Harding at a distance: Transition mode

I was in Utah on a ski trip when I heard  that we were not returning to campus after spring break. Immediately, I switched into Student Association mode and began calling the other executive officers and our faculty advisors. Before long, we in the Student Association Council and our advisors agreed these circumstances called for a reassessment of our priorities. With the representatives no longer on campus, it would be impossible for the 12 SA committees to continue pursuing their projects and proposals. More importantly, the current circumstances rendered many of our projects temporarily moot. For example, the Technology Committee’s initiative to put printers in the lobbies of dorms is much less relevant if all attention is now devoted to helping students vacate those same dorms. 

I would be lying if I said this wasn’t disappointing or even frustrating. Projects we had worked passionately on for months had to be put on hold just when we had been racing to complete them before the transition into a new SA administration. Still, we didn’t have much time to grieve these potentially forgotten projects. The responsibilities of the SA did not stop when we left campus.

 We laid out our new objectives as the following: assisting students (as well as the rest of the Harding community) in this transition and maintaining the most essential SA functions remotely. The first objective required that we focus on current dilemmas — working with the Office of Student Life to help students move out of campus residence halls as well as coordinating with the provost to educate students and faculty about online class etiquette and protocols. While these all dealt with current issues, the scope of our other objective focused more on the future of the Student Association.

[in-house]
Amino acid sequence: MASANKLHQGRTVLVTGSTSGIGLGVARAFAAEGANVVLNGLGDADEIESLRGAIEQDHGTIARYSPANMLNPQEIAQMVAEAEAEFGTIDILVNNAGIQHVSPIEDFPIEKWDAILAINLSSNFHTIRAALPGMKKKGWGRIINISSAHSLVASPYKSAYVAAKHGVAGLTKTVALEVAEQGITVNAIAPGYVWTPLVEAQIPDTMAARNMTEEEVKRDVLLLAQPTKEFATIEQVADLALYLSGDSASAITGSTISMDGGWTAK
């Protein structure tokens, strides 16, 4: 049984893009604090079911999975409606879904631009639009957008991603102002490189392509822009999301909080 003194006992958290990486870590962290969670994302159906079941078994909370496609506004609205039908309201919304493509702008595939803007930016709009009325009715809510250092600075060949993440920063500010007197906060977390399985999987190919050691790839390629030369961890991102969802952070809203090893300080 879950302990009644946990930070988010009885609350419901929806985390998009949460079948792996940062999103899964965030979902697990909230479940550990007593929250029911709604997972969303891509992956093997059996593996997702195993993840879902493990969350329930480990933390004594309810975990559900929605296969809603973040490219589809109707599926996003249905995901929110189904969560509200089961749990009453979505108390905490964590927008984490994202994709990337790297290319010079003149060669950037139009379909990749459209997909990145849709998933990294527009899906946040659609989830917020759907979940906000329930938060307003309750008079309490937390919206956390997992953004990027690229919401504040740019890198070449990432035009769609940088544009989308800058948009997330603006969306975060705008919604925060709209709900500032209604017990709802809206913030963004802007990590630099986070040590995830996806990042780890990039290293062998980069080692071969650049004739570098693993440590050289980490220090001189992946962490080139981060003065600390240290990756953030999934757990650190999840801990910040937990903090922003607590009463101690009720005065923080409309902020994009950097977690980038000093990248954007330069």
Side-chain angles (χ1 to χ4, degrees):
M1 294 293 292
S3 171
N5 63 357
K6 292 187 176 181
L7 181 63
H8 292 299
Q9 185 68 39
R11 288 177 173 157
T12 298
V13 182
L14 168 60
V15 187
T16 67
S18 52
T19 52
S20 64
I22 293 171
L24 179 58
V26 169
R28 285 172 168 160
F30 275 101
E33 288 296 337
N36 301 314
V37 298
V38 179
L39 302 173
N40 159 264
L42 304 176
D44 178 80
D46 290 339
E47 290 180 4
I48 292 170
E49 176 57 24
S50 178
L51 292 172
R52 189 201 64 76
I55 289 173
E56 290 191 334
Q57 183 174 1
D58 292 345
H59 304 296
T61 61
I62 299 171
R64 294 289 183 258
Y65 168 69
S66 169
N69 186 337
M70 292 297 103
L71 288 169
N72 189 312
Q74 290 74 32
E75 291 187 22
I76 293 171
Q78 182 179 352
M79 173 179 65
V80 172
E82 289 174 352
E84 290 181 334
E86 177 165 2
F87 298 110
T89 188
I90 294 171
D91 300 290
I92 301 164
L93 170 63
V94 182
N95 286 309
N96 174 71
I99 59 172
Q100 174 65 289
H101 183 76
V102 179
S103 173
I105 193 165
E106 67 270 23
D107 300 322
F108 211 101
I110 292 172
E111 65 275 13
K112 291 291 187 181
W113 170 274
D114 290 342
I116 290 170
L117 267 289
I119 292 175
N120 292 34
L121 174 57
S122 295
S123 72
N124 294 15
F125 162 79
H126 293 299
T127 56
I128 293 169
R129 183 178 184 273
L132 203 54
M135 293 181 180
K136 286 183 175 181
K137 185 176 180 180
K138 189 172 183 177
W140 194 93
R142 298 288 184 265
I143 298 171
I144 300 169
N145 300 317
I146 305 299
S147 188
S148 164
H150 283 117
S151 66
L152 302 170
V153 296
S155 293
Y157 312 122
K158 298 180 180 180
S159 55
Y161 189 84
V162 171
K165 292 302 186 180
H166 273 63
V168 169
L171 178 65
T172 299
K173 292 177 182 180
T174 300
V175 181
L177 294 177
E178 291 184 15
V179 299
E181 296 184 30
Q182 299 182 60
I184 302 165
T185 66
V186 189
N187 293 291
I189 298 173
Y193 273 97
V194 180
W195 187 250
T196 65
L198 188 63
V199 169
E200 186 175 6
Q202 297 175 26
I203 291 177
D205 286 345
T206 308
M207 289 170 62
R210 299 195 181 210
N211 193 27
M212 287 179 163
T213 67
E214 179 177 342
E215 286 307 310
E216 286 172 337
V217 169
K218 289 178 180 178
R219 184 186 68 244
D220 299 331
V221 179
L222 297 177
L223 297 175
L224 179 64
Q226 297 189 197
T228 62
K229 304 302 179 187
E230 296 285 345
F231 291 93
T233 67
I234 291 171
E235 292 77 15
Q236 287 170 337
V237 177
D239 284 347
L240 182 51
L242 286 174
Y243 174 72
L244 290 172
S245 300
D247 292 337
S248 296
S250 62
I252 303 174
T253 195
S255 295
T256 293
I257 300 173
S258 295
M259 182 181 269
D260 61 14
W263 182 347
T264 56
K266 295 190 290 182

In one of my first virtual meetings with Dr. James Huff, one of the SA faculty advisors, we agreed that our most fundamental responsibility for the time remaining was conducting a fair and accessible election. We held interest meetings via Zoom, spent hours communicating with all interested students and relevant administrators and staff, and updated our intent to file forms and candidacy petitions to Google Forms so candidates could run for office from all over the world. As I write this, our online election for the SA Council of 2020-21 is underway, and our advisors have informed me that voter turnout is excellent considering our situation. I am glad to say the torch is nearly passed, and the Student Association of our great school will outlast this pandemic. 

Moving forward, we will continue doing what we can to support the students and administration during this challenging season. Until the end of our term, we will carry on the types of tasks I already mentioned, and we will almost certainly gain more. The most encouraging part of our situation is this: everyone wants to help. A class of public relations students has dedicated the rest of their semester to helping us keep the student body connected via social media, and I have seen other remarkable acts of kindness and generosity done by people at Harding and in the worldwide community recently. All in all, while none of this is what I ever expected for my closing chapter at Harding, I have witnessed encouraging blessings throughout it. I find solace in Mordecai’s advice to Esther that perhaps our generation was raised for such a time as this.  

Michael Krupka, SA president, April 11

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